Derrick Adams’ artwork spans painting, collage, sculpture, performance, video, and sound installations. Born in Baltimore, and currently based in Brooklyn, New York his work explores questions about the African American identity, and how African American experiences intersect with art history, American iconography, and consumerism.
“I’ll always admire black American artists before me who maintained a steady practice, even when no one was giving them the coverage they deserved,” Adams told Interview Magazine.
His pieces are often very much layered – a hybrid and collage not only of images and materials but also of different types of sensory experiences. “When I’m in a space that has restraints, or conditions that will not allow me to operate in the way that I operated last week, I think of the work not as art-making, but as a form of therapy,” he says.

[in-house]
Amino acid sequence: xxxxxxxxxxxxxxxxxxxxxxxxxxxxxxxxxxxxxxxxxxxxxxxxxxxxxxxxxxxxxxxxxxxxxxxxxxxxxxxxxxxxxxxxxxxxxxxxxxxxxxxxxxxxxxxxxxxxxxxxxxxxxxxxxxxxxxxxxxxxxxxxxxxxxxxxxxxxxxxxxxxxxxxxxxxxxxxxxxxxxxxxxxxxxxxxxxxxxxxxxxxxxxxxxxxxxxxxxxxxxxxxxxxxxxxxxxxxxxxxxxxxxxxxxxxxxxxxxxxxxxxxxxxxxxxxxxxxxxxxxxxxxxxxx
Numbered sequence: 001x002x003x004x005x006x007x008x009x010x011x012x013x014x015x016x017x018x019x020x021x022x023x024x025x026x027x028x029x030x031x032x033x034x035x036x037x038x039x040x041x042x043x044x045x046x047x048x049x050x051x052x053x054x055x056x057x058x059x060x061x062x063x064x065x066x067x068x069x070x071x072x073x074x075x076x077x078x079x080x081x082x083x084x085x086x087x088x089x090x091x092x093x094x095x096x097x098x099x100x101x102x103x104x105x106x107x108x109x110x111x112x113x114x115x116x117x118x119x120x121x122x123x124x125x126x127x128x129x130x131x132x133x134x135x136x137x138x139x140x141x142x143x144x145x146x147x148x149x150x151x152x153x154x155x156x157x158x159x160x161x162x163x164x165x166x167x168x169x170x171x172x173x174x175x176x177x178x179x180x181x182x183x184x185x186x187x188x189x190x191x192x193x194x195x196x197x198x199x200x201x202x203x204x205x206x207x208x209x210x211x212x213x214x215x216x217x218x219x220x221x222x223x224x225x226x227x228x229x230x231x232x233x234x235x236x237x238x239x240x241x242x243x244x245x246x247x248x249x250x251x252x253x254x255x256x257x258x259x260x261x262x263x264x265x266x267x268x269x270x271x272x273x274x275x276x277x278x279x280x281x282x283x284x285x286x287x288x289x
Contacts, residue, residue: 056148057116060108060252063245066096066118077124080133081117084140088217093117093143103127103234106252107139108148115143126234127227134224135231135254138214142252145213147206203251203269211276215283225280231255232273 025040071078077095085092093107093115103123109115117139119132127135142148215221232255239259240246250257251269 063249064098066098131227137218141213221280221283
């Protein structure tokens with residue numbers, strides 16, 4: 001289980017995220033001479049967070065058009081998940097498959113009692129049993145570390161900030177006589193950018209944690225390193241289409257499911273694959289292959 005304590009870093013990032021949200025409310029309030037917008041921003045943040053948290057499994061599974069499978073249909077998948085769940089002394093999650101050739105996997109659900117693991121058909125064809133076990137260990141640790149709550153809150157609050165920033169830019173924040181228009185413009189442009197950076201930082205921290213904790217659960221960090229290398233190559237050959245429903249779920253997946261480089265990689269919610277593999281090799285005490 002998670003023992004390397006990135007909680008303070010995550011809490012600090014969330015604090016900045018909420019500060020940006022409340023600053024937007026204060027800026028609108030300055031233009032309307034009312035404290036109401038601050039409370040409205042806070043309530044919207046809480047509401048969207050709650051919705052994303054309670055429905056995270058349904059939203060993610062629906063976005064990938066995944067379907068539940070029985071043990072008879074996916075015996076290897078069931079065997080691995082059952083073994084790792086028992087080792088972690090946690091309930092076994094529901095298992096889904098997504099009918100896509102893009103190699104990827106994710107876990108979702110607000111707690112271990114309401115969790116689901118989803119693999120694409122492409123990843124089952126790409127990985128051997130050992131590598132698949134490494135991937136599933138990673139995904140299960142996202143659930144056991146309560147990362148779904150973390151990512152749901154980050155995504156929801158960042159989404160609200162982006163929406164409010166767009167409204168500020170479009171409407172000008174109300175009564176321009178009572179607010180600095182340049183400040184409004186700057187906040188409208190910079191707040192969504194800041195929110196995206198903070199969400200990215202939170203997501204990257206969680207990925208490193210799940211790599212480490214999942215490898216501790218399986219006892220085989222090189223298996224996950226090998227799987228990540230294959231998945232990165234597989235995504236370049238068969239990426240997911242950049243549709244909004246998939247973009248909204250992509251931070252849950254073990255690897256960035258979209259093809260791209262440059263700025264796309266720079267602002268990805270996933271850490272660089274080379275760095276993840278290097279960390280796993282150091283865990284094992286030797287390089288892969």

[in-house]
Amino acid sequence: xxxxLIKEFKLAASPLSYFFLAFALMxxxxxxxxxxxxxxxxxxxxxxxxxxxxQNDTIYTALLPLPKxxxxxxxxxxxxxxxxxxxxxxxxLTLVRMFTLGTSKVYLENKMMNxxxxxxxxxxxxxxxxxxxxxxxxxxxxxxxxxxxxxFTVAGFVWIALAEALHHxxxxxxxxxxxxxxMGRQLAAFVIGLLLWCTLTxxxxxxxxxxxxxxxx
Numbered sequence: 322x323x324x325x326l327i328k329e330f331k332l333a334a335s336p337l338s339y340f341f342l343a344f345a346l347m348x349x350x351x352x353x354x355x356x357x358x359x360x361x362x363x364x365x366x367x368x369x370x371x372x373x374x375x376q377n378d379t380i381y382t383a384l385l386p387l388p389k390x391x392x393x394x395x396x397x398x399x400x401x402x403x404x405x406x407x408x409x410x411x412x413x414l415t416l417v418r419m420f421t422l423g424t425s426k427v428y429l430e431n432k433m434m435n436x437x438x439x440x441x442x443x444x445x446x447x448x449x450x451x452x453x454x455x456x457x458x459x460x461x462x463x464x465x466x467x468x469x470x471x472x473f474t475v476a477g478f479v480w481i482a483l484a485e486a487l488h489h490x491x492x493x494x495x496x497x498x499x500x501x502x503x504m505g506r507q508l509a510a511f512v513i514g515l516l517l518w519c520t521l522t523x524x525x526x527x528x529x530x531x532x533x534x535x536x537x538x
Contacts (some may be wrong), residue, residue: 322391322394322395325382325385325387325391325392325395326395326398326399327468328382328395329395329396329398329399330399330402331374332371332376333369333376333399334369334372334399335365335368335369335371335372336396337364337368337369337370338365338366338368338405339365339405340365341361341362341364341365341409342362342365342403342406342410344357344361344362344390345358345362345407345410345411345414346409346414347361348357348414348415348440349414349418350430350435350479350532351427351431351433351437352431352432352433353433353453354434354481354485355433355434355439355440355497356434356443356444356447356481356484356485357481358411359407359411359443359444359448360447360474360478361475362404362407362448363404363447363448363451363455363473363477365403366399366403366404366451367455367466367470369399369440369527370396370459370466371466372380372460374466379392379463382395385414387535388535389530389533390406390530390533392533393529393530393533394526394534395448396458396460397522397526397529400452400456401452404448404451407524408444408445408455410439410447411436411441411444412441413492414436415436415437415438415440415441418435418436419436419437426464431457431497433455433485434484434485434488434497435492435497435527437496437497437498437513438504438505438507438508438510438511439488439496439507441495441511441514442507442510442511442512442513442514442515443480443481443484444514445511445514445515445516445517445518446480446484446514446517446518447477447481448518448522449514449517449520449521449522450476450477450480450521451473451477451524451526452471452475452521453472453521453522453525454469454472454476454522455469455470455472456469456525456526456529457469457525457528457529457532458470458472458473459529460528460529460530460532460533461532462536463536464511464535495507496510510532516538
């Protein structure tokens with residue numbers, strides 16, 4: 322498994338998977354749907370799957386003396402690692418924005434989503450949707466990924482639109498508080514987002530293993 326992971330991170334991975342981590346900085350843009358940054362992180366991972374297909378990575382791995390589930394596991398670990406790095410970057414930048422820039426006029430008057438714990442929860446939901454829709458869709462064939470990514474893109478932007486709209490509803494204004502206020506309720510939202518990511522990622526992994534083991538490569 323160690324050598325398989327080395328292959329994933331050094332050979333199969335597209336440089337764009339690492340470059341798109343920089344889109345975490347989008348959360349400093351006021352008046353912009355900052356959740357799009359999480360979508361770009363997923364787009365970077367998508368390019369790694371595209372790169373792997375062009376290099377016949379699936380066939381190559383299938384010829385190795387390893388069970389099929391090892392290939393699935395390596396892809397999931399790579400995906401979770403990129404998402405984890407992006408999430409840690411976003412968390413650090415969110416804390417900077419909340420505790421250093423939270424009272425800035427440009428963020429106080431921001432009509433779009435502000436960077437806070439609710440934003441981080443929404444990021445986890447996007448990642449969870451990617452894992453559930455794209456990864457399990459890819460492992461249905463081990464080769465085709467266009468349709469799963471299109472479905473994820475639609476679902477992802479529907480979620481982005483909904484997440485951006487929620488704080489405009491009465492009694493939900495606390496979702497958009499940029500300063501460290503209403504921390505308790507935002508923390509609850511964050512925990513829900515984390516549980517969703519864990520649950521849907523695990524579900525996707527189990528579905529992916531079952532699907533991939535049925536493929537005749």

His multidisciplinary practice engages the ways in which individuals’ ideals, aspirations, and personae become attached to specific objects, colors, textures, symbols, and ideologies. But being a multidisciplinary artist also means that his work has a fluidity to it. “As the work becomes more stable, I move on to something else,” he admits. “I want to be immersed in what I’m doing, and when you’re unfamiliar with it, you become more present.”
Take a look at some of his work in the gallery below: